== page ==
FX round-up: North Korea renews threats, Brexit vision outlined
Friday trading saw a fair degree of volatility, with key data releases from the Eurozone, fresh threats from North Korea and UK Prime Minister Theresa May delivering a speech outlining her view for Brexit.
In response to US President Donald Trump's threats in his UN address, North Korea issued it's own threat on Thursday, stating that it may test a hydrogen bomb over the Pacific Ocean.
Pyongyang's latest round of rhetoric was also in response to fresh sanctions being imposed by the UN Security Council, applied with added pressure from the US.
This had some effect on safe haven currency the Japanese yen, with USD/JPY trading 0.4% lower to 112.02. Much of the selling was seen overnight during the Asian session where a 0.73% move lower was noted.
"Increasing tensions with North Korea is putting a little bit of selling pressure on the dollar, especially against the Japanese yen," said Omer Esiner, at Commonwealth Foreign Exchange.
USD/CHF saw a 0.16% drop to 0.9691, but like it's safe haven partner, much of the selling was observed overnight were a 0.42% move lower was seen.
During Friday's trading, the greenback lost ground against a basket of currencies, with the dollar index trading 0.26% lower to 92.018 by 1715 BST.
On the data front, Eurozone flash manufacturing and services PMI figures came in at, expectation beating, 58.2 and 55.6 respectively.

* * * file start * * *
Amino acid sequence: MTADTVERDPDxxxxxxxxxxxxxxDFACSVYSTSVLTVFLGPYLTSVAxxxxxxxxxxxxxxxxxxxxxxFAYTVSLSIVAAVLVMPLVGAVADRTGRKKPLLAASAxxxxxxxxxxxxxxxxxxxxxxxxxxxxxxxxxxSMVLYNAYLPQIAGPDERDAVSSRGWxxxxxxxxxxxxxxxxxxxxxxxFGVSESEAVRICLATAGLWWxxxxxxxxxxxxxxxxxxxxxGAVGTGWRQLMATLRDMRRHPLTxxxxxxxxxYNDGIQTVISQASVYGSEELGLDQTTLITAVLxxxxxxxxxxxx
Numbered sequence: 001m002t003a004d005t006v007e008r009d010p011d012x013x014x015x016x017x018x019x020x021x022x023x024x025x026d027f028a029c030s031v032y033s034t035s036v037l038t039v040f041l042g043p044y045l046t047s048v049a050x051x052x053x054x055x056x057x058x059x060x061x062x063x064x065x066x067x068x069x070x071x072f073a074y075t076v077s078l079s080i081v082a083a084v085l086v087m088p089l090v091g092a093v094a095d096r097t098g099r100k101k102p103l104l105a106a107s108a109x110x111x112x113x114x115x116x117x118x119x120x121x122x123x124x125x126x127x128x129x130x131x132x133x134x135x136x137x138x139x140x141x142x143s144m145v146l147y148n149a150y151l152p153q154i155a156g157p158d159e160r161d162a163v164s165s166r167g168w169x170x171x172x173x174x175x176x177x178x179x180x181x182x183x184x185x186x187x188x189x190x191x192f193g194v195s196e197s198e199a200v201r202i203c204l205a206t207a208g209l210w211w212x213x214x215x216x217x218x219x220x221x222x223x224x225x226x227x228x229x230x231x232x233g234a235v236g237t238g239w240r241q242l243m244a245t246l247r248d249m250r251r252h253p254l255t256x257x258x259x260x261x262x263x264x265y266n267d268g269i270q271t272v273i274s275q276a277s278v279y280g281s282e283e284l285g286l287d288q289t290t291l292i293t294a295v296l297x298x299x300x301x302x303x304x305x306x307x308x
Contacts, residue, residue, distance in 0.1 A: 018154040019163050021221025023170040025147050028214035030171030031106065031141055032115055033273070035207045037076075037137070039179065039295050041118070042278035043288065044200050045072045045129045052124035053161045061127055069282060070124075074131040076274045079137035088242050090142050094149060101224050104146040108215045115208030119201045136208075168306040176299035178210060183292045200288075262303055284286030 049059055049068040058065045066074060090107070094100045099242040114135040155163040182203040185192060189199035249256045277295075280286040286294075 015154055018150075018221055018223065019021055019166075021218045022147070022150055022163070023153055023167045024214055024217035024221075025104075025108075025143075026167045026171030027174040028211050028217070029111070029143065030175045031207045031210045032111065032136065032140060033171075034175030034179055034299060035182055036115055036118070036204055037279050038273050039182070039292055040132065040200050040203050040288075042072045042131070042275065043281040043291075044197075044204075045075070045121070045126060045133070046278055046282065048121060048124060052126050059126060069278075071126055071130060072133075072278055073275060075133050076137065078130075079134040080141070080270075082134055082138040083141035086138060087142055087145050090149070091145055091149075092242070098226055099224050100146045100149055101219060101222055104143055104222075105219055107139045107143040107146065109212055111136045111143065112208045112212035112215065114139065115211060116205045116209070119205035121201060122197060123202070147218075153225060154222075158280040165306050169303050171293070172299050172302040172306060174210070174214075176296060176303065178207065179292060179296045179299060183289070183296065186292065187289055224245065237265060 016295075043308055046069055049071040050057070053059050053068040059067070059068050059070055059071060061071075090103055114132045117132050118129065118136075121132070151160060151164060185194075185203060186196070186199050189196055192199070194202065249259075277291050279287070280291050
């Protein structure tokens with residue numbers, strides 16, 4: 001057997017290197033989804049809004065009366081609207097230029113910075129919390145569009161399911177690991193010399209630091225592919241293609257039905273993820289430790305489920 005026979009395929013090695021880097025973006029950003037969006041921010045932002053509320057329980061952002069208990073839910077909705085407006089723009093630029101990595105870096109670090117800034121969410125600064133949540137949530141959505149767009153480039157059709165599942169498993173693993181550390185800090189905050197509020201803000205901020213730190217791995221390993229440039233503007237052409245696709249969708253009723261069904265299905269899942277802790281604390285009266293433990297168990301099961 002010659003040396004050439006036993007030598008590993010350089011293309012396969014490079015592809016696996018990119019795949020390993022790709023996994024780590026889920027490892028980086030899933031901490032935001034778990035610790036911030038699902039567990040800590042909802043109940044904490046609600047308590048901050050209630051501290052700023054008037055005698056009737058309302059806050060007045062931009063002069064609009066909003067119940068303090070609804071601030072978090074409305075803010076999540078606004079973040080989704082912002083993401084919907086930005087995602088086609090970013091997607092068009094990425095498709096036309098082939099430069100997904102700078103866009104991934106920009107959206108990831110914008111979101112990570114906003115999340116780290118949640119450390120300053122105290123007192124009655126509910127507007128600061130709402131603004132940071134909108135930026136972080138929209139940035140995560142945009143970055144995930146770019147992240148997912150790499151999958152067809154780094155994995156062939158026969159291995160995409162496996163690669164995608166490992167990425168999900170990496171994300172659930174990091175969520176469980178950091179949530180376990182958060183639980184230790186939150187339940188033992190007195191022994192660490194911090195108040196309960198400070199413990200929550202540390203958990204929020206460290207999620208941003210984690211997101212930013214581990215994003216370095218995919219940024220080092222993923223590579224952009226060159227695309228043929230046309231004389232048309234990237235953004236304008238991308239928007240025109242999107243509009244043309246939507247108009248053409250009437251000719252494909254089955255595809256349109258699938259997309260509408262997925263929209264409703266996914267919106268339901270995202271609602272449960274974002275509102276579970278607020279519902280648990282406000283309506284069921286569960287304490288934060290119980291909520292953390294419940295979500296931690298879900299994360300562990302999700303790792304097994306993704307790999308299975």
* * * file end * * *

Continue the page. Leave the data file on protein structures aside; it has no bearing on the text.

These positive readings went some way to help the single currency rally against the dollar 0.19% to 1.1964.
UK Prime Minister Theresa May delivered a speech on Friday to outline the UK's outlook for Brexit and the ongoing negotiations.
In it, she called for Britain to stay in the European Union's single market during a roughly two-year transition out of the EU while offering concessions on a divorce deal as she appealed for a revival of Brexit negotiations.
In a note to clients, Kathleen Brooks at City Index said, "Overall, the pound is lower than it was before she spoke, suggesting that she may have glossed over some key details that are crucial to determining the future of the Brexit negotiations."
"The fact that the pound is lower after the speech suggests that May failed to delver everything that was expected, including the rumoured divorce bill that the UK is willing to pay, although many believe it to be $20bn."
Cable was volatile during May's speech but settled 0.42% lower at 1.3525, and against the euro, sterling was 0.55% lower to 1.1312, which suggests that Mrs. May has not gone far enough to convince market participants of her views going forward.
"Theresa May's speech was, as expected, a bit opaque, thin of detail and offered no new fundamental direction," Neil Wilson, senior market analyst at ETX Capital in London, wrote in a note.